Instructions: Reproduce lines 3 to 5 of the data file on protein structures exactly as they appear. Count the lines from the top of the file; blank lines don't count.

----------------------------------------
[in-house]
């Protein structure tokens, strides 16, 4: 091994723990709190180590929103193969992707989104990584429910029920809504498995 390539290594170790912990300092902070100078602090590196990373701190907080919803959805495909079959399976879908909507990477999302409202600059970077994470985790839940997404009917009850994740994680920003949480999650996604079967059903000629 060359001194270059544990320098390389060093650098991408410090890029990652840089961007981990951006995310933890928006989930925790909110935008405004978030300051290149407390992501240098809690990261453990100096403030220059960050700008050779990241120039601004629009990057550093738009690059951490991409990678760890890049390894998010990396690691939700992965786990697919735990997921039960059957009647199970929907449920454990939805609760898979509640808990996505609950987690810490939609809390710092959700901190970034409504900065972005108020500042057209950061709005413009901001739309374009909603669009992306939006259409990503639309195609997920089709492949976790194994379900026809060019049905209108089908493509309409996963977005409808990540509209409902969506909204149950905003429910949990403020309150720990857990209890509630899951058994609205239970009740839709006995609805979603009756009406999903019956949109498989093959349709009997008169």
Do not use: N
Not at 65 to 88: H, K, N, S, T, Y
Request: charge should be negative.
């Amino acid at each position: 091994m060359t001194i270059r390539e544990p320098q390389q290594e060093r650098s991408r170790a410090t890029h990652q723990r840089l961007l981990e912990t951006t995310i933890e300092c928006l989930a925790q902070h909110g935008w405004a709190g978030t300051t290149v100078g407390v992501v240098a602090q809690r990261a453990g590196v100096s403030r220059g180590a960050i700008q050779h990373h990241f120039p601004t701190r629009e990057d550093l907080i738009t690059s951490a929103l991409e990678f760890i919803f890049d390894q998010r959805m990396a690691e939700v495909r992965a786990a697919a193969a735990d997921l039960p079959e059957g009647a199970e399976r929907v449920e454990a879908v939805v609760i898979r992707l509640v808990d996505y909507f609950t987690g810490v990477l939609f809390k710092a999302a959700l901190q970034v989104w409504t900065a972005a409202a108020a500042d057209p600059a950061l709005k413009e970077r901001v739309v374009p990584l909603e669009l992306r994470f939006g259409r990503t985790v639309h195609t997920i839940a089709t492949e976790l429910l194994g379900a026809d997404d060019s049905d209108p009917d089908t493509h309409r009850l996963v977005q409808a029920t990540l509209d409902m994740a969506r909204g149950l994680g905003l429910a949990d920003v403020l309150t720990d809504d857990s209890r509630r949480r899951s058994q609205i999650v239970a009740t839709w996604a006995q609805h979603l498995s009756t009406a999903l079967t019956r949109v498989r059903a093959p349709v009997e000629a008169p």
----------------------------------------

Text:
Do not use: N
Not at 65 to 88: H, K, N, S, T, Y
Request: charge should be negative.